Before long it becomes apparent these children are much more than human and they soon make it clear their long term goal is to supplant all normal humans in time. Plus they have the psychic powers to do it, which they demonstrate more and more. Even to the point of planes flying far overhead, suddenly dropping out of the sky. The pilots do not necessarily eject either folks. This is a blatant warning to those in authority not to try attacking from a distance or from above.
The book is a fascinating read and raises a lot of interesting questions. It is a classic and thoroughly worth reading. I highly recommend it.
Well, my wife Helen and I have finally finished moving into our new place. I'll be posting some more videos from my Vlog about that shortly, but I wanted to focus on another subject today. Hobbies, talents, things people do for adventure, enjoyment and relaxation. Now in creating characters that seem real to the audience I've found that the more real and reachable the characters are (i. e. they're like people you know or might meet) they're the ones that the readers seem to really relate to and even come to love. Now one method I've used to make my characters seem more human and real is to give them traits that are familiar, and even somewhat odd but intriguing. I've given characters hobbies or activities I've tried. When they are finished with what I've written, some have even gone and done research of their own on the activity. Some have even taken it up and made it a part of their lives. But how did that happen? Simple, whether it's pla
Okay, yesterday was a big day for me. My novel "THE BRIDGE" is now available in two 'brick-and-mortar' bookstores. How did I make this happen? Are sales jumping through the roof? Is my name out there so much that fans are demanding it be available everywhere? Two words.... I WISH! No, the simple truth is when you're an Indie Author (someone who has published through Createspace or other means to make a printed copy of your book), you have to do a lot of things yourself. One of them is marketing and getting your book into stores. Now, if you've done a good job marketing and your sales on Amazon and Barnes and Noble websites are going really well, you might land up in bookstores. Some chains look to those sites to see what's the hottest sellers going and is it available in print form. They don't want to be left out of the loop and fall behind. But you have to have great sales for that to happen. But if you're just starting out and are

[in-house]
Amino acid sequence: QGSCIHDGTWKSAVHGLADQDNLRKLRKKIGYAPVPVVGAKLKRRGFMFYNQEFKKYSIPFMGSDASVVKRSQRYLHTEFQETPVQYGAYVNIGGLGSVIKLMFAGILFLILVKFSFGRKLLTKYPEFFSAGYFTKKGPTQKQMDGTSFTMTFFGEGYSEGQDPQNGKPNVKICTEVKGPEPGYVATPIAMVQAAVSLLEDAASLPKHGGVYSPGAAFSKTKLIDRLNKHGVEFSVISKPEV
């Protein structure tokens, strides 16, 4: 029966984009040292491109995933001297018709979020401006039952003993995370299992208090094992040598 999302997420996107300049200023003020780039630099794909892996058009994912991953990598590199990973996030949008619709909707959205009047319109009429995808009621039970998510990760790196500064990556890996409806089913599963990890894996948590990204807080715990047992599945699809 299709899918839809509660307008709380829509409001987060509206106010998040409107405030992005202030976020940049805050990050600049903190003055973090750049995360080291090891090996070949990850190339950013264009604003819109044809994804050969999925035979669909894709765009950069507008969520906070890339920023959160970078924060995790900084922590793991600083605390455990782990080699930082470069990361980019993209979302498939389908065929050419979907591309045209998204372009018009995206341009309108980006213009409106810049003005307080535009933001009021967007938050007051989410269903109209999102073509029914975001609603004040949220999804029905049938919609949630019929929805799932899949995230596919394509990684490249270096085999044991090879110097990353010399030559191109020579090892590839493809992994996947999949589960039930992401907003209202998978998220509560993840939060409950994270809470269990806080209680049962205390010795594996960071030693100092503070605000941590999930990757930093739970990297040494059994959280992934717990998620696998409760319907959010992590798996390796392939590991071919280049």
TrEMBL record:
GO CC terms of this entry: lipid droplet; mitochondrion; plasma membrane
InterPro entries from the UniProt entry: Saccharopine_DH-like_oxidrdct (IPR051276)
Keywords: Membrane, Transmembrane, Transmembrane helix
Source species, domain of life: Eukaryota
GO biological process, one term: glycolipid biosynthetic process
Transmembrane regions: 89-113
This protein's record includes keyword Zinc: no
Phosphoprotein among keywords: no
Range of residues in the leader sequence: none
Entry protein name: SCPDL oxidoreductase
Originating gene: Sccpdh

The last 7 days have kept me busy. I mean REALLY busy. And the sad thing about it all is that some of this could have been avoided....up to a point. Now I'm talking about re-editing my first novel AFTER it had already come out. Why would I do that? Because in spite of the combined efforts of myself and 2-3 other people checking the novel over for grammatical errors, a number of them got past all of us. From day one, I was determined to try and put out as good a product as I possibly could. And when I found out I'd failed, I felt obligated to go back and fix things. Now, I'm sure a number of you are wondering to yourselves, "Is he saying he never got it professionally edited?" The answer is, "I did not." Now, this is not because I was so arrogant in my own writing abilities, nor was it because I was being cheap and didn't want to put the money out. The truth is... my wife and I have applied for Food Stamps and have been getting aid from my